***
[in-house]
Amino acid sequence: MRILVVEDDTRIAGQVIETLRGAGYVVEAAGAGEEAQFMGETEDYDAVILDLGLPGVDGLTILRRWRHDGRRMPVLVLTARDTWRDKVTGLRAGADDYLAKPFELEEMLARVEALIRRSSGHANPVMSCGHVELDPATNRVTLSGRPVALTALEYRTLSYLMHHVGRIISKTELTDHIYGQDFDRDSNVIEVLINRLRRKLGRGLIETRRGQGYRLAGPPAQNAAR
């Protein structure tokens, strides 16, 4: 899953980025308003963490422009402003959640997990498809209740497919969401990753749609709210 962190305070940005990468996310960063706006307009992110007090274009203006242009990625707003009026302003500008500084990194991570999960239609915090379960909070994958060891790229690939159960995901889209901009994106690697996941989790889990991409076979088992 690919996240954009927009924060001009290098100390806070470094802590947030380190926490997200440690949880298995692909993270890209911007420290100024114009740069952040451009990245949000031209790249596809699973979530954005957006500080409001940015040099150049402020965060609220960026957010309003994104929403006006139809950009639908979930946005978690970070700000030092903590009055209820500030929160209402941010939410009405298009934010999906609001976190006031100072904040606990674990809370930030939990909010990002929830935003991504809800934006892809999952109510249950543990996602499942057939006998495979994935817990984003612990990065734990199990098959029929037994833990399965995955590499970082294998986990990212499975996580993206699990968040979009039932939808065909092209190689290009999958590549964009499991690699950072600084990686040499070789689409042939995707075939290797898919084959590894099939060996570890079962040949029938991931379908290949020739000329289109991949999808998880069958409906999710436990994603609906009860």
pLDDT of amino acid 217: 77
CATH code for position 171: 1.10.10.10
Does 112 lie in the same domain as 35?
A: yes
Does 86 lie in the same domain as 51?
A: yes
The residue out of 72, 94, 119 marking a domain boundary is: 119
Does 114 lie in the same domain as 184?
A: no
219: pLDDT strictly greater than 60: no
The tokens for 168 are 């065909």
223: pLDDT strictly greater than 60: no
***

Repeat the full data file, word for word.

[in-house]
Amino acid sequence: MRILVVEDDTRIAGQVIETLRGAGYVVEAAGAGEEAQFMGETEDYDAVILDLGLPGVDGLTILRRWRHDGRRMPVLVLTARDTWRDKVTGLRAGADDYLAKPFELEEMLARVEALIRRSSGHANPVMSCGHVELDPATNRVTLSGRPVALTALEYRTLSYLMHHVGRIISKTELTDHIYGQDFDRDSNVIEVLINRLRRKLGRGLIETRRGQGYRLAGPPAQNAAR
């Protein structure tokens, strides 16, 4: 899953980025308003963490422009402003959640997990498809209740497919969401990753749609709210 962190305070940005990468996310960063706006307009992110007090274009203006242009990625707003009026302003500008500084990194991570999960239609915090379960909070994958060891790229690939159960995901889209901009994106690697996941989790889990991409076979088992 690919996240954009927009924060001009290098100390806070470094802590947030380190926490997200440690949880298995692909993270890209911007420290100024114009740069952040451009990245949000031209790249596809699973979530954005957006500080409001940015040099150049402020965060609220960026957010309003994104929403006006139809950009639908979930946005978690970070700000030092903590009055209820500030929160209402941010939410009405298009934010999906609001976190006031100072904040606990674990809370930030939990909010990002929830935003991504809800934006892809999952109510249950543990996602499942057939006998495979994935817990984003612990990065734990199990098959029929037994833990399965995955590499970082294998986990990212499975996580993206699990968040979009039932939808065909092209190689290009999958590549964009499991690699950072600084990686040499070789689409042939995707075939290797898919084959590894099939060996570890079962040949029938991931379908290949020739000329289109991949999808998880069958409906999710436990994603609906009860």
pLDDT of amino acid 217: 77
CATH code for position 171: 1.10.10.10
Does 112 lie in the same domain as 35?
A: yes
Does 86 lie in the same domain as 51?
A: yes
The residue out of 72, 94, 119 marking a domain boundary is: 119
Does 114 lie in the same domain as 184?
A: no
219: pLDDT strictly greater than 60: no
The tokens for 168 are 């065909």
223: pLDDT strictly greater than 60: no